taining the further development of private enterprise—for example,
fiscal policies to enforce the nominally simplified tax code, monetary
policies to control the money supply and bank credit and to lower
inflation, and regulatory and legal measures to enhance the stability
and predictability of the economic environment. Such measures would
encourage the continued growth of domestic Russian entrepreneurial
activity, expansion of foreign direct investment in Russia, and joint
ventures between foreign and domestic enterprises.
Russia’s expanded economic relations with the Central Asian
states and with China (see Chapter Five) should be viewed mainly as
a reflection of the Russian economy’s relatively high rate of economic
growth, rather than as a significant instrument of economic “penetration” and enhanced Russian economic influence in these countries.
However, in the case of Russia’s economic relations with the two proliferation-risk countries, Iran and North Korea, expanded relations
will inevitably add resources to these countries’ ongoing and prospective weapons of mass destruction programs. This spillover effect is and
should be of special concern to the United States. Whether and, if so,
how the United States might induce Russia to expand its trade and
capital flows to other countries and regions while reducing its transactions with Iran and North Korea are issues worthy of consideration,
although they have not been considered in our study.
Finally, Russia’s defense sectors—military spending, the defense
industry, and arms exports—have plainly not prospered in the course
of Russia’s recent and continuing economic transition. Calling Russia’s
military-industrial complex “intact,” as one observer did, may be an
overstatement. But it is quite plausible that these sectors have emerged
from the acute resource deprivation they suffered following the Soviet
Union’s collapse and are likely to realize at least modest and continuing
benefits from the Russian economy’s sustained growth. The ostensibly
declining share of Russian GDP allocated to defense in recent years is
likely to be reversed, resulting, instead, in at least modest increases in
the coming years.
Appendix
This appendix presents three tables, the first of which, Table A.1, highlights several facets of the calculations of Russian and Chinese GDP
referred to in Chapter One.
Tables A.2 and A.3 supplement Chapter Three’s discussion of
relationships between oil and natural gas prices and revenues and
the growth of the Russian economy. We found that regressions using
annual data (see Chapter Three) rather than quarterly data (as shown
Table A.1
GDP Comparisons, Russia and China
GDP
(current $, billions)
GDP per Capita
(current $)
2004
2005
2004
2005
Russia
581.78
772.10
4,086.63
5,458.76
China
1,653.69
1,909.66
1,272.04
1,461.63
1:3
1:2.5
3:1
3:1
Russia
1,449.17
1,585.48
10,179.44
11,209.40
China
7,334.25
8,091.85
5,641.63
6,193.42
1:5
1:5
2:1
2:1
Market exchange rate
Ratio (Russia:China)
PPP rate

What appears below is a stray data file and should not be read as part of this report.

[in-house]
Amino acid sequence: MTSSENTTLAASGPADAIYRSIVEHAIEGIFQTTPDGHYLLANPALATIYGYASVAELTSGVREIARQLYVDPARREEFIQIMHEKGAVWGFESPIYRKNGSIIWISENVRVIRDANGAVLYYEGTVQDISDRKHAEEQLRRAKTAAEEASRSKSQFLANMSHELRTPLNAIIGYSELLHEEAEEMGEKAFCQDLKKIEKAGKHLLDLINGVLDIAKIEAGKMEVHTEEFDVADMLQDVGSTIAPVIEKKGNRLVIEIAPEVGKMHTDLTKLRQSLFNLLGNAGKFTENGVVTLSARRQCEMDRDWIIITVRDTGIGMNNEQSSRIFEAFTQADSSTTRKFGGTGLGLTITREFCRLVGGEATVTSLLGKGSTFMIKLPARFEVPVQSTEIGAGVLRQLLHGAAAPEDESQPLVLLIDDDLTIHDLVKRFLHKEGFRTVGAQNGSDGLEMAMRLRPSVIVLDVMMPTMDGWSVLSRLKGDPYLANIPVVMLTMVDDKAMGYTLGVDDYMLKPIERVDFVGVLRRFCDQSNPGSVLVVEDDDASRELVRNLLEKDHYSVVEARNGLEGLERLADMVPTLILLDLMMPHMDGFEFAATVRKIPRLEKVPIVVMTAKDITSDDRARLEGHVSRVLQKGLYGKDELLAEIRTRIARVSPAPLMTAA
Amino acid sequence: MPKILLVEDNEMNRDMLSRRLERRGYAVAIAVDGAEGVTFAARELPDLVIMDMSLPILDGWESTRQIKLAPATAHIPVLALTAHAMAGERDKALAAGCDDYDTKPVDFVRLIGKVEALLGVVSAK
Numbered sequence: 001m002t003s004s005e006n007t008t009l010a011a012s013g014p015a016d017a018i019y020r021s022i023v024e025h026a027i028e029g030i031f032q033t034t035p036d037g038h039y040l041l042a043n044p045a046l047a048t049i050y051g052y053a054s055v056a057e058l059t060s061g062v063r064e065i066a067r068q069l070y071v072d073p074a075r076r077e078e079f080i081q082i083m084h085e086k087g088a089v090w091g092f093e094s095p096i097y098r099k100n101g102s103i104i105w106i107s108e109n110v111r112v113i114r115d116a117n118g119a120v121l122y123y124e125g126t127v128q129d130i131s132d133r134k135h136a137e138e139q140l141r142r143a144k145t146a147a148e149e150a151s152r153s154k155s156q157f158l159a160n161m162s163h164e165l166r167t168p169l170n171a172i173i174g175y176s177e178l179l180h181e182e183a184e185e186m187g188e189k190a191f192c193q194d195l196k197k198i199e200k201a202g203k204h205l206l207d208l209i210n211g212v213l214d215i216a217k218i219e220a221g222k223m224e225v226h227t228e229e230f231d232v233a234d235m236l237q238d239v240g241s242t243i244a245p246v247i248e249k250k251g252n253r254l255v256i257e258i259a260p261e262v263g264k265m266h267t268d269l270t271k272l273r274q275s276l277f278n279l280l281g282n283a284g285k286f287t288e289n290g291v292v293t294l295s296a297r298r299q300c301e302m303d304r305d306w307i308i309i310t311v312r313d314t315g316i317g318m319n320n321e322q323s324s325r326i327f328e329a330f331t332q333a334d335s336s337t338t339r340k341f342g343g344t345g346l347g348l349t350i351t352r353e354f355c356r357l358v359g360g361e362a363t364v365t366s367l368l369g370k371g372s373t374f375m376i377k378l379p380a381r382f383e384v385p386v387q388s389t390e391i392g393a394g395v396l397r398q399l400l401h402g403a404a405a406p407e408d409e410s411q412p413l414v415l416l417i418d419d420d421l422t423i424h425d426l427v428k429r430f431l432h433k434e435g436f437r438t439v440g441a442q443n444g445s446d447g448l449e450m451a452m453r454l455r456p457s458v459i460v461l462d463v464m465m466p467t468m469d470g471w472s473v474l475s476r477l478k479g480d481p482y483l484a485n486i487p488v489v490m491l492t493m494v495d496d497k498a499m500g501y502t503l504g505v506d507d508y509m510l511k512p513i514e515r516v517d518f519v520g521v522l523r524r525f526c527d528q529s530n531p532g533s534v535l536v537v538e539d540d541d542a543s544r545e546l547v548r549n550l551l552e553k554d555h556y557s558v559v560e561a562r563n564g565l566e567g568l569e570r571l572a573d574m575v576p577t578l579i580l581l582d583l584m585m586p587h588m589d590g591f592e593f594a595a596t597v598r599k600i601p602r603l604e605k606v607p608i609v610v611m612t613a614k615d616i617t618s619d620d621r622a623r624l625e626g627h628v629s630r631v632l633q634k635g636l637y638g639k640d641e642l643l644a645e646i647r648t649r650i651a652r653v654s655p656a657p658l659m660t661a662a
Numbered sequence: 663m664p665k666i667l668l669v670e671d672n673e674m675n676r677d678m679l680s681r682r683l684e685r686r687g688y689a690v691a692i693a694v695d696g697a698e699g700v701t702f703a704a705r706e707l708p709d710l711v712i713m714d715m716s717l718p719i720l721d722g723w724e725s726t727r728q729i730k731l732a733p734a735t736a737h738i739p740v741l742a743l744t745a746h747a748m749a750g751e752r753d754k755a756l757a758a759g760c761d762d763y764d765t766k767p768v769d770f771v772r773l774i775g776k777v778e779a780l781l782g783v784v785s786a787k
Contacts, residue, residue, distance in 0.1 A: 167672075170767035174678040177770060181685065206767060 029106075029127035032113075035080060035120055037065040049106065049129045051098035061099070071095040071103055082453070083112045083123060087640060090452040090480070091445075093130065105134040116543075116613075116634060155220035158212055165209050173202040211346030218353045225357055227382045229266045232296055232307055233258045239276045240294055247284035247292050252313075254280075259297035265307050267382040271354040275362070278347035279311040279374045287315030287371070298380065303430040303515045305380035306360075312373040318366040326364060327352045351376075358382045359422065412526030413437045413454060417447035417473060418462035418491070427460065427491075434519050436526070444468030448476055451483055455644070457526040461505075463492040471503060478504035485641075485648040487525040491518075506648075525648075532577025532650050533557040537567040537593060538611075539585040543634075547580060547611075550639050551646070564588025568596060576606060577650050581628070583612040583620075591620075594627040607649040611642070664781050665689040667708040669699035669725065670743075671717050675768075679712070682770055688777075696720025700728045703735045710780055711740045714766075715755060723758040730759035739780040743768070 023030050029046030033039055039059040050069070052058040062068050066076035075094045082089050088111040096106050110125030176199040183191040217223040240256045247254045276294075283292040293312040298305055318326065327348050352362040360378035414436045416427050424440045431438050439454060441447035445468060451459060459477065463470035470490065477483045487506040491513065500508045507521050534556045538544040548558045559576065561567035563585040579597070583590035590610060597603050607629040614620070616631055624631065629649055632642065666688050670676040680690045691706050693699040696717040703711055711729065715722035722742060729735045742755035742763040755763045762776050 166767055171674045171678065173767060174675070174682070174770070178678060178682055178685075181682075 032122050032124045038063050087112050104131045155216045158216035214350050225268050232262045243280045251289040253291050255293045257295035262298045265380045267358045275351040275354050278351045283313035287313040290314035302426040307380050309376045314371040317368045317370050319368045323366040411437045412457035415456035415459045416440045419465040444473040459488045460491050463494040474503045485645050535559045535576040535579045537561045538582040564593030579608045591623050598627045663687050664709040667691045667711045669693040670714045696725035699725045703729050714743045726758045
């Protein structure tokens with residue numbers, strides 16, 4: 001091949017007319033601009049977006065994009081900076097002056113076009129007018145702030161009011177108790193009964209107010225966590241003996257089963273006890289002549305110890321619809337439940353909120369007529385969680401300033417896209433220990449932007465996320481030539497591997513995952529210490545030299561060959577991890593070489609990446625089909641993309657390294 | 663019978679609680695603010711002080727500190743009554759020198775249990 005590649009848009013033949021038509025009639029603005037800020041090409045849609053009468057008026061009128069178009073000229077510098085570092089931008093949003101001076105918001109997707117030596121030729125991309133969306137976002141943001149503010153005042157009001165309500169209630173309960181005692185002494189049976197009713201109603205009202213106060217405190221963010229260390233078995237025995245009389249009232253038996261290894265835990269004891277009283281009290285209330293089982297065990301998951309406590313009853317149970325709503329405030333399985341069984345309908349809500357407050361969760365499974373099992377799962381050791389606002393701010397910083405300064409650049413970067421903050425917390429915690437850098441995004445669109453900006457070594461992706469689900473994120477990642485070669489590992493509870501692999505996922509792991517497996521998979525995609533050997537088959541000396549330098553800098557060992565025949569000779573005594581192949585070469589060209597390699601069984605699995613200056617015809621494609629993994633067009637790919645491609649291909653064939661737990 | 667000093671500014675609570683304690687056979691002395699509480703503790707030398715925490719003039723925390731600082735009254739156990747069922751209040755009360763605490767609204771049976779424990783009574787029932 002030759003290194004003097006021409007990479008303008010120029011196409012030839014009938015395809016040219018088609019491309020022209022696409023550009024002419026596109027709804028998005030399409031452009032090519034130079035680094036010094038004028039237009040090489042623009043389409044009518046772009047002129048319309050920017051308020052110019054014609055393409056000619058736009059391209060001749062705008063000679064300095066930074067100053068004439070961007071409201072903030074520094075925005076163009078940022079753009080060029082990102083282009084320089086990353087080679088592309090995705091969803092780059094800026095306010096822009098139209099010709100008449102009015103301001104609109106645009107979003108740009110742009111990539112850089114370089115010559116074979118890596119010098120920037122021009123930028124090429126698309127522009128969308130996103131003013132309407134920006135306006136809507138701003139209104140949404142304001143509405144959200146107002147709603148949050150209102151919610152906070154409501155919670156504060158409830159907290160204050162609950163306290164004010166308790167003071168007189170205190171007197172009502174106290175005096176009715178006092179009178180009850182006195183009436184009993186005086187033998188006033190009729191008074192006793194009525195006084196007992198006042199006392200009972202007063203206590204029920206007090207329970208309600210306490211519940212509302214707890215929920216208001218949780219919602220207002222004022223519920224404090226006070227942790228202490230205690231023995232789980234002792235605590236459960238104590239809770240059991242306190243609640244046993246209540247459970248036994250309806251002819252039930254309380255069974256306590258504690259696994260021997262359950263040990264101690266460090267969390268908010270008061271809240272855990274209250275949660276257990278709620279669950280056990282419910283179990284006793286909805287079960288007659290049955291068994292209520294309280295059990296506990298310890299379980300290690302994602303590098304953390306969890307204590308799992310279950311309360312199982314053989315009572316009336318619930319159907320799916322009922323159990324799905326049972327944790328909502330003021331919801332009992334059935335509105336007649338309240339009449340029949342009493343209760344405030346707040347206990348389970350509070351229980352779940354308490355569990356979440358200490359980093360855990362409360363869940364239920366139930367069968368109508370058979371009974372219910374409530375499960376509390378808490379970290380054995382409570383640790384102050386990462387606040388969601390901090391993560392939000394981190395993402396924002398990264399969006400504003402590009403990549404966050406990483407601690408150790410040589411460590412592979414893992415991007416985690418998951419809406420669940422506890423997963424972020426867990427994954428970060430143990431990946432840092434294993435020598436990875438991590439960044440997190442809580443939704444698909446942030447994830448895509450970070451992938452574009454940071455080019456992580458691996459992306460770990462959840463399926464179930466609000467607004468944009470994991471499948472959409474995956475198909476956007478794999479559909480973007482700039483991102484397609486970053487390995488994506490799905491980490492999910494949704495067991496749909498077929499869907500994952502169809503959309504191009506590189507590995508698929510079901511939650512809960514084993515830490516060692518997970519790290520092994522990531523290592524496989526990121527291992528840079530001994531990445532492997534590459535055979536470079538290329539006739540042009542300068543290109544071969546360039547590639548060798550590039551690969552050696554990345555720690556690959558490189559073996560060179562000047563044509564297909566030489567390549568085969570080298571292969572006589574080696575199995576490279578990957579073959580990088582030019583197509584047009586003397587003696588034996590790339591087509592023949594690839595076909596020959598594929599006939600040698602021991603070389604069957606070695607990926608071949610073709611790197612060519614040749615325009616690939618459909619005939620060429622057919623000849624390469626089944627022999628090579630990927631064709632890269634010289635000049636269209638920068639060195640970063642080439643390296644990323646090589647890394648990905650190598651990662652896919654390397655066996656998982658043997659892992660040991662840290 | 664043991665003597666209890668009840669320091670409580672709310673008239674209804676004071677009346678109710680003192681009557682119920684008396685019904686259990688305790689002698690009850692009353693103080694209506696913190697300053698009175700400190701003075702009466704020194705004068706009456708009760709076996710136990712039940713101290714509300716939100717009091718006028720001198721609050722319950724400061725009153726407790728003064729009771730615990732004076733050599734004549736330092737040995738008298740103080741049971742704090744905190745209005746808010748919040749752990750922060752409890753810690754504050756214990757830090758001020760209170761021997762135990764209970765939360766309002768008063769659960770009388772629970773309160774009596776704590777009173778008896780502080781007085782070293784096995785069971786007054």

Ratio (Russia:China)
SOURCE: IMF World Economic Outlook database, http://www.imf.org/external/pubs/
ft/weo/2005/02/data/index.htm, March 2006.
49
50
Russia’s Economy: Signs of Progress and Retreat on the Transitional Road
Table A.2
Russia’s Economic Growth and the Effects of Oil and Natural Gas:
Regression Results, Quarterly Data, Q1-1993 Through Q3-2005
Regression
Oil
Prices
Oil
Export
Revenue
Gas
Prices
Gas
Export
Revenue
R2
Adjusted
FR2
Statistic
(Dependent variable is real GDP growth)
I
0.226
(2.094)
II
III
IV
0.194
(1.759)
0.0004
(2.301)
0.089
0.069
4.384
0.906
(1.650)
0.057
0.036
2.724
0.679
(1.229)
0.119
0.079
2.974
0.105
0.085
5.295
SOURCES: (1) GDP growth data from IMF, http://www.imf.org/external/pubs/ft/
weo/2005/02/data/dbcoutm.cfm?SD=1995&ED=2005&R1=1&R2=1&CS=3&SS=2&OS=
C&DD=0&OUT=1&C=922&S=NGDP_RPCH&CMP=0&x=55&y=7; (2) oil and gas export
revenue data from CBR, http://www.cbr.ru/eng/statistics/credit_statistics/; (3) oil price
data from EIA, http://www.eia.doe.gov/pub/international/iealf/table71.xls; (4) gas
price data from EIA,http://tonto.eia.doe.gov/dnav/ng/hist/n9100us3a.htm.
NOTE: F-statistics significant at 5 percent level for regressions I and IV and at 10
percent level for regressions II and III. T-statistics (shown in parentheses) significant
at 5 percent level for regression I and IV and at 10 percent level for regression II and
oil prices in regression III.
here) explain more of the variance (as measured by adjusted R 2) in
Russia’s economic growth. To understand the difference between the
results for annual and for quarterly data, we computed the coefficients
of variation for all the variables. We found that in the case of the independent variables, there is little difference between the coefficients of
variation for the annual versus quarterly data. However, we found that
for the dependent variable (real GDP growth), the coefficient of variation is 3.5 times larger for annual than for quarterly data (7.059 compared with 1.945). Hence, there is more variance to be explained in the
annual data, and the independent variables provide greater explanatory
power in accounting for this variance.
Table A.3 is the correlation matrix for the regression covariates of
Table A.2 using quarterly data for the period 1993 to 2005.
Appendix
Table A.3
Oil and Natural Gas: Correlation Matrix,
Quarterly Data, Q1-1993 Through Q3-2005
Oil
Export
Revenue
Gas
Export
Oil
Revenue Prices
Oil
Export
Revenue
1
Gas
Export
Revenue
0.755
1
Oil
Prices
0.948
0.772
1
Gas
Prices
0.200
0.122
0.234
Gas
Prices
1
51